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21 Jan 2018 Health Club Management Handbook
 

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Health Club Management Handbook - Sector snapshot

Research round-up

Sector snapshot


Stats, analysis and predictions for the UK market, based on the latest State of the Fitness Industry Report

David Minton, The Leisure Database Company
The Pebble Watch links with apps like RunKeeper and also offers analysis
Wrist-worn trackers include smart watches such as Samsung’s Galaxy Gear
The Speedo Fit app allows you to find a pool, record your activity, share your achievements and issue a challenge to other app users
Budget chains like Pure Gym are driving growth
Budget chains like The Gym are driving growth
Microgyms such as Boom Cycle cater for those who crave a higher quality experience

The fitness business is now a digital hi-tech business where tech form and tech function matter as much as the workout. In a few years’ time, the health and fitness tech ecosystem will have become very personal. The question is: how will the fitness industry respond?

Going hi-tech
‘Wearables’ is one of the fastest growing areas of fitness technology and we will look back on 2013 as the year wearable tech moved into the mainstream. How many of you and your customers have a Nike Fuelband? Nike changed the game nearly two years ago when it launched a bracelet that measured the wearer’s everyday activity. Enthusiasm was high and the first batch sold out in minutes to those keen early adopters.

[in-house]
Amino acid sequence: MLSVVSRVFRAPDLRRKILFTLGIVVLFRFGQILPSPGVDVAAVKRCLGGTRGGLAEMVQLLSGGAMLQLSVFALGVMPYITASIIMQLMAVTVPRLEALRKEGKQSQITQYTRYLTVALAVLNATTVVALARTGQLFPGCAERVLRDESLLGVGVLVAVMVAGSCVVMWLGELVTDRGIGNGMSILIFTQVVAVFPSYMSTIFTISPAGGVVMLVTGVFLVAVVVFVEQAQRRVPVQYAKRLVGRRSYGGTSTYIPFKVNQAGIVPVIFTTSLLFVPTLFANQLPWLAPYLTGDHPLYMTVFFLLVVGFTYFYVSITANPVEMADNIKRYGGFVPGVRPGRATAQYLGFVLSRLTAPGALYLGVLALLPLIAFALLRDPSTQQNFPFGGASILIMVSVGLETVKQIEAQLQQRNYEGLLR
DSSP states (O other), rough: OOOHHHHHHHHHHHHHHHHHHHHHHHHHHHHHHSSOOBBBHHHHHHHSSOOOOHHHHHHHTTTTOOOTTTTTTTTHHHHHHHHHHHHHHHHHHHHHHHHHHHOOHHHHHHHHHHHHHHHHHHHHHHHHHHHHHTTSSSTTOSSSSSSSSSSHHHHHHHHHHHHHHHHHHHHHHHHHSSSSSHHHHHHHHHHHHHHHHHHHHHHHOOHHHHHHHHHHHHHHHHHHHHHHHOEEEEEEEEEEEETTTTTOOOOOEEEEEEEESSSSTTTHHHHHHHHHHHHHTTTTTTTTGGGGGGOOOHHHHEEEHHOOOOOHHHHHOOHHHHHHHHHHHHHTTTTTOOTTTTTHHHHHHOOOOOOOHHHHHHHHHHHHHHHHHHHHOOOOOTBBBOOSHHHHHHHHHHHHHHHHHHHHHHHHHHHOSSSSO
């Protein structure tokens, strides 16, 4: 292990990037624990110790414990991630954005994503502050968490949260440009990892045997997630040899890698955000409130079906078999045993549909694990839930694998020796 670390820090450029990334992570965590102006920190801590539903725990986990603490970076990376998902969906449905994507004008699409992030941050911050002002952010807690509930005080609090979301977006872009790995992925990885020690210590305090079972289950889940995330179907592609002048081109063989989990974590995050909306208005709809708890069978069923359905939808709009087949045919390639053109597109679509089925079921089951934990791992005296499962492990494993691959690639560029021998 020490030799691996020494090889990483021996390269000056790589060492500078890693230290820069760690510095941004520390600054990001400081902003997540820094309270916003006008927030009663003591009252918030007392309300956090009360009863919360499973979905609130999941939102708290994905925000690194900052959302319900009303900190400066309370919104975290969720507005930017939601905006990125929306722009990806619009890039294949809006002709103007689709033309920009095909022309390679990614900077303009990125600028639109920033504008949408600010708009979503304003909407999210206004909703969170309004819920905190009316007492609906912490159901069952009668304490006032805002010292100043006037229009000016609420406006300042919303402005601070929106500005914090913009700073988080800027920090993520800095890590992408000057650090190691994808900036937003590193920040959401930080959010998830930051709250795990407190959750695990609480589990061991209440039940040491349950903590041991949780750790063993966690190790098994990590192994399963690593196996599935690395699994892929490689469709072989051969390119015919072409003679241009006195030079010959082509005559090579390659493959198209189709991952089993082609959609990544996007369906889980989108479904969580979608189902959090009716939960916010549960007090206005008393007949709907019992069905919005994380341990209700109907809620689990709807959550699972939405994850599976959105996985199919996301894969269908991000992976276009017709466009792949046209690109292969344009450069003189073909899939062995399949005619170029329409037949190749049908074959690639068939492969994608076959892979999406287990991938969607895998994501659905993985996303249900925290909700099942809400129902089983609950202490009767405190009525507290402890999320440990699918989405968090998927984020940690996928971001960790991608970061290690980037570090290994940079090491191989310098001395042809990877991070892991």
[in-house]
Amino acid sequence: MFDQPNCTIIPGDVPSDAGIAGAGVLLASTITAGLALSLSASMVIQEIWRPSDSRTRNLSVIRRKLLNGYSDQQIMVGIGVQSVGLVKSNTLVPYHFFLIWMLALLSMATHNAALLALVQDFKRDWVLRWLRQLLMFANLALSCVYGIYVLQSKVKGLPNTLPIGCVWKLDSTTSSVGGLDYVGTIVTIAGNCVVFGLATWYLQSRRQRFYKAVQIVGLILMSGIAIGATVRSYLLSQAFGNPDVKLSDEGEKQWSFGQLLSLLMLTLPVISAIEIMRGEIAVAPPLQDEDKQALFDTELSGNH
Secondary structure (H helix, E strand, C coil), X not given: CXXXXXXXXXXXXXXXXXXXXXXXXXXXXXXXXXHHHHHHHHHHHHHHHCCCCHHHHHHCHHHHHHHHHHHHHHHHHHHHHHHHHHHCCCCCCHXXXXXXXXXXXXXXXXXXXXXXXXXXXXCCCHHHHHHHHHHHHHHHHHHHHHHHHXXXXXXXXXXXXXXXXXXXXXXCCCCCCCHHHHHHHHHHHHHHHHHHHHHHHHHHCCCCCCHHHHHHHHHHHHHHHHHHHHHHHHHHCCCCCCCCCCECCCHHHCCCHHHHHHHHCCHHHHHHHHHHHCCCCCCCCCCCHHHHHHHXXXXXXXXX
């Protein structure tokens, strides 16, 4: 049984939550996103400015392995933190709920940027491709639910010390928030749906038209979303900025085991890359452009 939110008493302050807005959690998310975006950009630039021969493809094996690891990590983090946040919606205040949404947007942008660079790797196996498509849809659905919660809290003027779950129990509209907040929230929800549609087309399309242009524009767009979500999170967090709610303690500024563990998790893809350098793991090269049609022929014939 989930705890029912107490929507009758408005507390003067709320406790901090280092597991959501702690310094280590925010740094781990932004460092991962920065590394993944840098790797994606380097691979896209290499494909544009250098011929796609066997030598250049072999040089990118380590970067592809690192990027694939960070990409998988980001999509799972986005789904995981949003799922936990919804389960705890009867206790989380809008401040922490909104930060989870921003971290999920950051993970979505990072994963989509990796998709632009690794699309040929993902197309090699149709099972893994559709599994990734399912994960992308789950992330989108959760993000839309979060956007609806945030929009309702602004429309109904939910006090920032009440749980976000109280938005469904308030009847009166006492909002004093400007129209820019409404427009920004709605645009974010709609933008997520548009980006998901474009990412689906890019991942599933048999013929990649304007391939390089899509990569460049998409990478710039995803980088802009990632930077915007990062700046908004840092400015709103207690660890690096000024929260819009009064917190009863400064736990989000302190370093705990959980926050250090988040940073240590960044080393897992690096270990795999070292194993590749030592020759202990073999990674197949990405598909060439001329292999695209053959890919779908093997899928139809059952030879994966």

The market for wrist-worn activity trackers has become a lot more competitive since then. Fitbit’s new Force and the Jawbone UP are two of the biggest players in the category, alongside the so-called smart watches like Samsung Galaxy Gear and the tech-heads’ favourite, the Pebble Watch, which adds value by linking with apps like RunKeeper and can come pre-loaded with workout sessions, motivation and analysis. This revolutionary technology – with loads more on the way like Ki Fit and Shine – bring monitoring, testing, self-diagnosis and self-analysis to the individual.

Meanwhile, the rise of apps and gadgets that share health and fitness goals through social networks has meant that fitness clubs with closed apps have lost out to open platforms.

Using Speedo Fit, for example, I can find my nearest pool with times for lane swimming, go for a swim, record my activity, share my achievements – or even a personal best! – and pass on a challenge to fellow app users. Via the Facebook link I can tell my wider circle of friends. My community can see I’ve been active and that I’m taking care of my health. In turn, they become motivated, and the idea that health is wealth becomes a common language that will begin to transform lifestyles.